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Silver lining to skills shortage?

News of skills shortages, particularly a need for 200,000 workers within the service sectors, continues to make headlines.

Six of New Zealand’s regions now have solid data for decision making, as well as some concrete actions to help solve the problem.

Between now and 2020, between 26 percent and 41 percent more people will be needed in these regions, according to new Regional Roadmaps and Action Plans released by ServiceIQ for Northland, Bay of Plenty, Queenstown-Lakes, Christchurch City, Auckland’s tourism sector and Otago.

In total, more than 72,000 jobs will need to be filled by 2020 in these six regions alone, the organisation claims.

Dean Minchington, ServiceIQ chief executive, said that although the looming skills shortage is a national problem, it needs local action.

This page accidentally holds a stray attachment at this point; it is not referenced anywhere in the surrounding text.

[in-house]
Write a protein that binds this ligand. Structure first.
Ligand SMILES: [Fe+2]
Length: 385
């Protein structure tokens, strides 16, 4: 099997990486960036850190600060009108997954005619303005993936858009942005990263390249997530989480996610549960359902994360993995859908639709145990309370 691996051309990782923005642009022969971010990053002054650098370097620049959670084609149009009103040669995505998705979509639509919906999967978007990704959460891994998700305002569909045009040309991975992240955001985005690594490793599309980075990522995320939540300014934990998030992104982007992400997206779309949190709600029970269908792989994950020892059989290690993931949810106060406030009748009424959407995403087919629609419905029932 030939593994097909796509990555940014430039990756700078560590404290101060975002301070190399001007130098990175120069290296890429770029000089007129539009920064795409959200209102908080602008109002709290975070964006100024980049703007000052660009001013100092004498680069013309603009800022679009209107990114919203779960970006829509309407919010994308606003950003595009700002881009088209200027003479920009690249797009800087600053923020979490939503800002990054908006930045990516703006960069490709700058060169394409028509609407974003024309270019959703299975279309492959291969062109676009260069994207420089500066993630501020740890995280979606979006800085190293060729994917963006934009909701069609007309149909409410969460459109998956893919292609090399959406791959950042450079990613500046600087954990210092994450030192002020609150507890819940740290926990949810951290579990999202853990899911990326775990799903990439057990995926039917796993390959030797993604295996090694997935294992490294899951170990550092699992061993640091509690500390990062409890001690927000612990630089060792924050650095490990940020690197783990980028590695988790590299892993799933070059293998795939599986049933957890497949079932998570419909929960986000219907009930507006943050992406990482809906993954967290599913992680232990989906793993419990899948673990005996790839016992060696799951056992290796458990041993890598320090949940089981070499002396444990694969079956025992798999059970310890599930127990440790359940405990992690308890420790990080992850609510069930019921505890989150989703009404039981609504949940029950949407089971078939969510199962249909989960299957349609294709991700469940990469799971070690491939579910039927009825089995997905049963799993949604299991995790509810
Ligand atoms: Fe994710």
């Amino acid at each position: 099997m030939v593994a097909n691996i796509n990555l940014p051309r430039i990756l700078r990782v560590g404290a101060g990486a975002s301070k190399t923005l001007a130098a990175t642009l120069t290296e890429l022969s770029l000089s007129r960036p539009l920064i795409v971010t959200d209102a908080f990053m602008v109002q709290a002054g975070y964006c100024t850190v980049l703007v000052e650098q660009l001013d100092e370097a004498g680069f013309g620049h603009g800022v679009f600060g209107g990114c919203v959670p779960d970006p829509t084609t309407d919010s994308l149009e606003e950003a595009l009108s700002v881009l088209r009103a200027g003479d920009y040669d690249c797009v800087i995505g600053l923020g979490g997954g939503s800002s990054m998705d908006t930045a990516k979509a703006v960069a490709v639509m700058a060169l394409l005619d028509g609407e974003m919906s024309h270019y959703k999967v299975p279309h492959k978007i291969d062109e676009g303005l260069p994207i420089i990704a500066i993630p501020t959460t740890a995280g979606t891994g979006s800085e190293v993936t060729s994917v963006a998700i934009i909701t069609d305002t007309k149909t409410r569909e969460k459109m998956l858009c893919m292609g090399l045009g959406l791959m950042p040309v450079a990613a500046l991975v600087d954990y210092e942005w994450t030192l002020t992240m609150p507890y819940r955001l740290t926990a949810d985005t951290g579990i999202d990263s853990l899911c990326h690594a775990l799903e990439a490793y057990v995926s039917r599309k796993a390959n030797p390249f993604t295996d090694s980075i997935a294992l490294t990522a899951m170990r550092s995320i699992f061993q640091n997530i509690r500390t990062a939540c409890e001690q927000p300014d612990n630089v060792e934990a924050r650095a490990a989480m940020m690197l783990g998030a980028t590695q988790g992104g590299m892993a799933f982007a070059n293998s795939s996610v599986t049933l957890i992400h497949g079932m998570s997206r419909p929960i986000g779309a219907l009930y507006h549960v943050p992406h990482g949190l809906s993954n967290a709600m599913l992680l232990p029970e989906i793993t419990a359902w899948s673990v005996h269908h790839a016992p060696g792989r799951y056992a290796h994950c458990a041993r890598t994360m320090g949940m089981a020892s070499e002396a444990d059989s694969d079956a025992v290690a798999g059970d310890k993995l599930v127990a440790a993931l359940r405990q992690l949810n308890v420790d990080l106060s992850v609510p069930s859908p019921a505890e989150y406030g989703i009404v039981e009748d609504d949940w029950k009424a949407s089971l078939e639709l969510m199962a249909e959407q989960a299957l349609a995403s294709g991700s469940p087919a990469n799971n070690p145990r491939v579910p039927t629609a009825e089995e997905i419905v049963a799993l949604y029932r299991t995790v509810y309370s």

“The situation is serious for service sector businesses, but there’s a silver lining too. With this growth there are opportunities for local people to get local jobs and to gain new skills as they learn on-job. It means that young people will be able to get their first job and get started on a rewarding career. It means that those a bit older wishing to return to work, change careers, or make a life change will have that opportunity.”

He aims to work with businesses, industry associations and local and central government to ensure that the Roadmap action plans deliver.

“It’s important to ensure that these aren’t talk fests that bring a lot of back slapping and nothing else. There’s a real opportunity here for change. There’s the chance for communities and local businesses to invest in themselves and their people. With the right actions, the regions can build stronger and sustainable businesses, and grow the skills and careers of their employees who are, after all, members of the community too.”

The release of this first set of regional roadmaps is timely given the growth in tourism and discussions about its impact on New Zealand and how regions can share the economic benefits.


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